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Subject: Re: Define Taxonomy
From: "Colgan, Julie J." <[log in to unmask]>
Reply-To:Records Management Program <[log in to unmask]>
Date:Tue, 5 Dec 2006 09:41:42 -0500
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Laurie wrote: I am not certain the term Taxonomy is appropriate to what
we do in a Records Management environment. It is my personal opinion
that what we have ... is a ... BCS which is based on the Business
Processes of our organisation/s.

I have to disagree, just a bit, and argue that we are doing taxonomy
development (or at least I am!).  It seems to me that what you are
coining as "BCS" would be considered a portion of the overall taxonomy.
As Carol put forth, the taxonomy is typically at the organizational
level and is made up of department-specific information.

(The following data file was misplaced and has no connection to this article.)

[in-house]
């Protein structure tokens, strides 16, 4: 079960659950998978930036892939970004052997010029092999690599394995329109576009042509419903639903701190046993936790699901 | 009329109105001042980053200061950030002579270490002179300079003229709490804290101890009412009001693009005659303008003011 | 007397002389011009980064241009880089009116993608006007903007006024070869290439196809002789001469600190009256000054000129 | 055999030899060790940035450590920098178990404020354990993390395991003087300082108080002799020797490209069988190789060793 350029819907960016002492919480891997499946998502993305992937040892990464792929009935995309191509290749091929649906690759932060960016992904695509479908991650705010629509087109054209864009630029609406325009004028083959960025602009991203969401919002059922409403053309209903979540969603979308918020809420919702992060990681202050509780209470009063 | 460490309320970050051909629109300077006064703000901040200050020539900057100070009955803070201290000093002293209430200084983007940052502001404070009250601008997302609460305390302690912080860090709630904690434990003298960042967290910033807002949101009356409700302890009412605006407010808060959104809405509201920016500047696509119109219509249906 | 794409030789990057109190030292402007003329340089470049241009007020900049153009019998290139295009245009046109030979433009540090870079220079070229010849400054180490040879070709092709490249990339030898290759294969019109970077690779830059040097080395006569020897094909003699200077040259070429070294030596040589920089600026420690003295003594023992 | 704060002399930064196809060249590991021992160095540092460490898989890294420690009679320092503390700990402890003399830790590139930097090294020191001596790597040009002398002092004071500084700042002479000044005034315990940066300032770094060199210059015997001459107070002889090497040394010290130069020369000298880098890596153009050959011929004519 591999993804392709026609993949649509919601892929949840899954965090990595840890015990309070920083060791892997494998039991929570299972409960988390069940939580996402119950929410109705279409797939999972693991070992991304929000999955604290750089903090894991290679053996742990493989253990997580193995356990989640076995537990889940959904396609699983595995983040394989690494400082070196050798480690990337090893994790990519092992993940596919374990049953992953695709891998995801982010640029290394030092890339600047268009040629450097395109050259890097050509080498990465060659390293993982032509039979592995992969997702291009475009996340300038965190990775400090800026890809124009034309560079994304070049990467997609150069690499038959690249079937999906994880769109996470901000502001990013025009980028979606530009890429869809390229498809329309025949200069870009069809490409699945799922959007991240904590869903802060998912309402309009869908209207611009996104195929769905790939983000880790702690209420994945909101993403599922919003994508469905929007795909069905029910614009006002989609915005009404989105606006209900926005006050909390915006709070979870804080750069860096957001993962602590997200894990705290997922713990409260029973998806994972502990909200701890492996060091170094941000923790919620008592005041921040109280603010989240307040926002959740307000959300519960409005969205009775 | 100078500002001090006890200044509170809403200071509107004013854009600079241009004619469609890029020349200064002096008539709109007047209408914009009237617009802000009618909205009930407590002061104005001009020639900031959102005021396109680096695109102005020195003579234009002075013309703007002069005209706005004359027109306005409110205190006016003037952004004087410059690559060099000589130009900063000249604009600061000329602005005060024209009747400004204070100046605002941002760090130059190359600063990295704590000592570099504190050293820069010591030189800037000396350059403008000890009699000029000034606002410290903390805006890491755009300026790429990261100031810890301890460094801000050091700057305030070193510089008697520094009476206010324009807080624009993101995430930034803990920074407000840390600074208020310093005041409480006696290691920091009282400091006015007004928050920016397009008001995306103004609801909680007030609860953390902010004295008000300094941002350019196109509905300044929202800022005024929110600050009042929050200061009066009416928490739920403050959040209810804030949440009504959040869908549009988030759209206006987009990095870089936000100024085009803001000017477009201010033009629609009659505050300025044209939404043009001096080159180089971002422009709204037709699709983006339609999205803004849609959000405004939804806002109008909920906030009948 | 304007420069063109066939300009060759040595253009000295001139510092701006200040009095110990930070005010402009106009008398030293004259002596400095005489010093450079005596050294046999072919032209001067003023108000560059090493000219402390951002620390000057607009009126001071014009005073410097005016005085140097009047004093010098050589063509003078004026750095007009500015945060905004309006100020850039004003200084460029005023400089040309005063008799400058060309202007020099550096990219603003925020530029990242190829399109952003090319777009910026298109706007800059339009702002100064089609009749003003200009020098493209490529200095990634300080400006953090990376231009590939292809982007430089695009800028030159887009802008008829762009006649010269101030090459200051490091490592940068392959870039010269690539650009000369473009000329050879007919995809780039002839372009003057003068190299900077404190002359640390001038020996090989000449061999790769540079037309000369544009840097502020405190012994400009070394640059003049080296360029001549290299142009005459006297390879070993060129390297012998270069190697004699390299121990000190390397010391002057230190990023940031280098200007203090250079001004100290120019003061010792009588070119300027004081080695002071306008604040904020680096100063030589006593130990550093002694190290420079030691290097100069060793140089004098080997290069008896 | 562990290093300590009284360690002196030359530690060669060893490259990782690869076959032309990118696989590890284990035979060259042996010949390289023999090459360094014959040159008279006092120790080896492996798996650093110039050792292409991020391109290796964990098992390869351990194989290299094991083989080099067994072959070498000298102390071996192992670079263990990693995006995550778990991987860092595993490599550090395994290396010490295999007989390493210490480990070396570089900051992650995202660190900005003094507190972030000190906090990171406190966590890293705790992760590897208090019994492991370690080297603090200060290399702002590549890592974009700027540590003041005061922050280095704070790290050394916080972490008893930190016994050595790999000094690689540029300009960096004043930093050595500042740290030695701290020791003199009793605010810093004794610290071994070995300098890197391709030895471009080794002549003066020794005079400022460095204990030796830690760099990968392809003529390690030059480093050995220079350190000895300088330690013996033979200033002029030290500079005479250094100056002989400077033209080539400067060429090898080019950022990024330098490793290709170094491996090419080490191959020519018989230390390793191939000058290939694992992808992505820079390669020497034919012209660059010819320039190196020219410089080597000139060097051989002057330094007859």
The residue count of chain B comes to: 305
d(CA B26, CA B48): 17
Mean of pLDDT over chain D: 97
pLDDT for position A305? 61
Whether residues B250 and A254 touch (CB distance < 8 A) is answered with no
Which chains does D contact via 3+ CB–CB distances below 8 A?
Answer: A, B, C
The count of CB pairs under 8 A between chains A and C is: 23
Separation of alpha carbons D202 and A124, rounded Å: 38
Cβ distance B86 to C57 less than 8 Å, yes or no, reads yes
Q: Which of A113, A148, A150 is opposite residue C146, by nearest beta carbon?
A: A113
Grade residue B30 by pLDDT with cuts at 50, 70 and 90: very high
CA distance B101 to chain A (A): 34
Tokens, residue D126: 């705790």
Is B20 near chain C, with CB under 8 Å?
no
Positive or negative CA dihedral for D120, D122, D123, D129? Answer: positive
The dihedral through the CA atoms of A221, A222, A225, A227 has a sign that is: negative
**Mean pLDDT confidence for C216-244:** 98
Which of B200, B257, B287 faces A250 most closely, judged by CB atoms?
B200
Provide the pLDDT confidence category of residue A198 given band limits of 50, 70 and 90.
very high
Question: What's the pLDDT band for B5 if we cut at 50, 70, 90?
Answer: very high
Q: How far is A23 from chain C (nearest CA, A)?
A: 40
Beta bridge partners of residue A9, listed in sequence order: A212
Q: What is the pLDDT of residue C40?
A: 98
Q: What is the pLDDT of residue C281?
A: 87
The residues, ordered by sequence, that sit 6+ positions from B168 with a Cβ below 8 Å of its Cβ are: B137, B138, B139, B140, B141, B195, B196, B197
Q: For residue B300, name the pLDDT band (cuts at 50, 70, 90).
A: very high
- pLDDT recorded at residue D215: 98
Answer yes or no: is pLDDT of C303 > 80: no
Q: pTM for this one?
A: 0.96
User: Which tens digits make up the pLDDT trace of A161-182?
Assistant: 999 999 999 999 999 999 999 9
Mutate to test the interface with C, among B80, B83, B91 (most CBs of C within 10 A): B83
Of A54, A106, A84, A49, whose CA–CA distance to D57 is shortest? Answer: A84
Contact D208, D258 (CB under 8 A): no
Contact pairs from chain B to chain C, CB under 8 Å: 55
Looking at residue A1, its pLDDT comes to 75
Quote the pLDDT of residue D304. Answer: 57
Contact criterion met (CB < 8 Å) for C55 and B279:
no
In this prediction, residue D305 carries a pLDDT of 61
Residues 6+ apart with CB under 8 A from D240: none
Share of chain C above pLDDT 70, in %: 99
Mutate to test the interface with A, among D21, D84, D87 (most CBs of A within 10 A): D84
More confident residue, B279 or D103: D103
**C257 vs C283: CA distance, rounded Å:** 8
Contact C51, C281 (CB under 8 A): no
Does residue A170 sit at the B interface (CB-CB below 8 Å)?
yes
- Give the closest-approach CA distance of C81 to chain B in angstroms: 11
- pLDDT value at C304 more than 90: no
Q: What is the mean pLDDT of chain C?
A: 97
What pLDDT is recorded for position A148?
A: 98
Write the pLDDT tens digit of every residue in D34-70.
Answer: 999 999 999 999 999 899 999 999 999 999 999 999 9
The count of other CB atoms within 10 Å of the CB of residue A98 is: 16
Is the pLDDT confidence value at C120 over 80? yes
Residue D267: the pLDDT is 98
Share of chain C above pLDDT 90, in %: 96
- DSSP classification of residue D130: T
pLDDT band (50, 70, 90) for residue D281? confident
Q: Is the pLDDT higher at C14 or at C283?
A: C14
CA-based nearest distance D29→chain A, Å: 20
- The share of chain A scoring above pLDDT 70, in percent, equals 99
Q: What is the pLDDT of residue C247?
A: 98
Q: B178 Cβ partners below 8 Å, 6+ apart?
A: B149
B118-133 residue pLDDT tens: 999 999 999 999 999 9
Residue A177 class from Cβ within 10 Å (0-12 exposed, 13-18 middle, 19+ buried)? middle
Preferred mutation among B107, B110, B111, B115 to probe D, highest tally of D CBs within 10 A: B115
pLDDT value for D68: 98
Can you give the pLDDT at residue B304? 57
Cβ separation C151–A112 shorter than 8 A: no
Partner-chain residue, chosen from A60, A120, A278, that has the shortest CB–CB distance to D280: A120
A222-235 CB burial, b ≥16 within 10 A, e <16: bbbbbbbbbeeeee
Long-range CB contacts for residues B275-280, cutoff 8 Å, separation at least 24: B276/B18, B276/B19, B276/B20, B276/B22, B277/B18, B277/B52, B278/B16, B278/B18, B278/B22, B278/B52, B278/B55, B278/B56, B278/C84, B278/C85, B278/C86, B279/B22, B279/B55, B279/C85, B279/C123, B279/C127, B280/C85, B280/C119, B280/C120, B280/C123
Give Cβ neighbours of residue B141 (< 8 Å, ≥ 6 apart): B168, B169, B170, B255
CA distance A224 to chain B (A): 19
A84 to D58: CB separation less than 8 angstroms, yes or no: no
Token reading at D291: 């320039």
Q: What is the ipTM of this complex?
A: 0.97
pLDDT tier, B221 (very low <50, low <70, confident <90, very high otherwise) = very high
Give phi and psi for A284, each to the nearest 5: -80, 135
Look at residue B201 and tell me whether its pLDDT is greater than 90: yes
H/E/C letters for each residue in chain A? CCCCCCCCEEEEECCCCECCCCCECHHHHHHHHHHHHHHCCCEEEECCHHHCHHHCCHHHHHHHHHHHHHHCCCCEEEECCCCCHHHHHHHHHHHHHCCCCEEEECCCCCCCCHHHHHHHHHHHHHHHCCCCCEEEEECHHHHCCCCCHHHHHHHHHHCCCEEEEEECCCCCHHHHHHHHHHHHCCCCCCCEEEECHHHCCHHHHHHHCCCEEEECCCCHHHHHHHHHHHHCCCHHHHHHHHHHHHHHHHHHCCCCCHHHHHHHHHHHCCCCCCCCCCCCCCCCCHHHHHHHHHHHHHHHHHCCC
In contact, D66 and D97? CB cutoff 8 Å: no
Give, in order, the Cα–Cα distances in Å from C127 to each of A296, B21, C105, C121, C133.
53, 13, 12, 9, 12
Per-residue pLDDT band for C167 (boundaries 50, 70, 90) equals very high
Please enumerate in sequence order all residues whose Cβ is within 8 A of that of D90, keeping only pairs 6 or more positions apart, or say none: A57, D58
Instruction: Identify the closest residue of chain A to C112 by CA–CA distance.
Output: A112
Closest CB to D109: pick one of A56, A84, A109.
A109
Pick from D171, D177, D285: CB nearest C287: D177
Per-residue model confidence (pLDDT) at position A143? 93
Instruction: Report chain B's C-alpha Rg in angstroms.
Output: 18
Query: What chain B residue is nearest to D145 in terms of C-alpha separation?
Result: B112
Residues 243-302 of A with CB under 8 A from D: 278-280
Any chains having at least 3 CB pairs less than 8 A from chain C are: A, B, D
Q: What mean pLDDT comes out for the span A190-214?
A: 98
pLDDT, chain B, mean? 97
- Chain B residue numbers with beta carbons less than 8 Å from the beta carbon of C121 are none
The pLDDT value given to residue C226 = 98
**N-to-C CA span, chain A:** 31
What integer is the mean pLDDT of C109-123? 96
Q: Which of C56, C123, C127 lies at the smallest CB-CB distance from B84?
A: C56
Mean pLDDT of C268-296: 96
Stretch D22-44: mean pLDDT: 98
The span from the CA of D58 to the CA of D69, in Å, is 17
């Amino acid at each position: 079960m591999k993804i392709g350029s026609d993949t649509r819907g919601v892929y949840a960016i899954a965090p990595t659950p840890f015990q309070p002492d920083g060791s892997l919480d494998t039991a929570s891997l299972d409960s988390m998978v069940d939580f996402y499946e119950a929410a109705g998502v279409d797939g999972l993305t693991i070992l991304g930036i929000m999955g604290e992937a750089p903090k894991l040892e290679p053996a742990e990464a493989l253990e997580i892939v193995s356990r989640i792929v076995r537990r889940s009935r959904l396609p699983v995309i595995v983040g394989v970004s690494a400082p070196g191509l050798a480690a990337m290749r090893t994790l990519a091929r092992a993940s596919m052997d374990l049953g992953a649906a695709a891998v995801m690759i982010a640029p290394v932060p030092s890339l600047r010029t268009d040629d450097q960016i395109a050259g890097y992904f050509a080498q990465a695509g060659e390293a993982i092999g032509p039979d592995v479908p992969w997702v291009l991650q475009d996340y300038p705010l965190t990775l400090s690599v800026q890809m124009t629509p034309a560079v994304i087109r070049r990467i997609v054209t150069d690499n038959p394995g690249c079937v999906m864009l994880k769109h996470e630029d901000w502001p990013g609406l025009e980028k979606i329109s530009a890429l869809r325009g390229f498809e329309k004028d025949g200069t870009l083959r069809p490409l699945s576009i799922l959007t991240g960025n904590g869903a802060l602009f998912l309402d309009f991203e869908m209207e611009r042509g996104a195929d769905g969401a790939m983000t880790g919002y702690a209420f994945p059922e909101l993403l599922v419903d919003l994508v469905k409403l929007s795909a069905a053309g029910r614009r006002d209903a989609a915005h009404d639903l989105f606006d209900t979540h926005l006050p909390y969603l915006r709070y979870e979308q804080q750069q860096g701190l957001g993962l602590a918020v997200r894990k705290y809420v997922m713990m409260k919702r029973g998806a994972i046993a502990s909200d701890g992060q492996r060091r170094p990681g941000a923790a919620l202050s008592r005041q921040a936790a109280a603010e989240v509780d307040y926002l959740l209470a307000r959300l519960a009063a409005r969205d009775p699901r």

Carol wrote: ... In our discipline, a taxonomy is a hierarchical
classification, normally made on an enterprise basis. It should be
traceable back to the files and documents in a department or workgroup.
So a departmental retention schedule or file plan is not a taxonomy if
it does not have a basis in the enterprise ...

In that context, I would argue that the "BCS" is more like a
departmental file plan (which can be used to develop the departmental
retention schedule), and is a portion of the overall corporate taxonomy.

So, I guess, we aren't disagreeing, really.  We both agree that a BCS is
not a taxonomy in, and of, itself - however I do disagree that we
don't/shouldn't be developing taxonomies, using the BCS concept as
department-level components.

In my situation, I am participating in developing a firm-wide taxonomy
which is made up of department-specific classification schemes relevant
to the work each department does day to day.  If I were only focusing on
developing department level classification schemes to facilitate
departmental operational functionality and not tying that back into the
overall organization's information management structure, I would be
missing the forest for the trees.

And I love this subject too!

Julie

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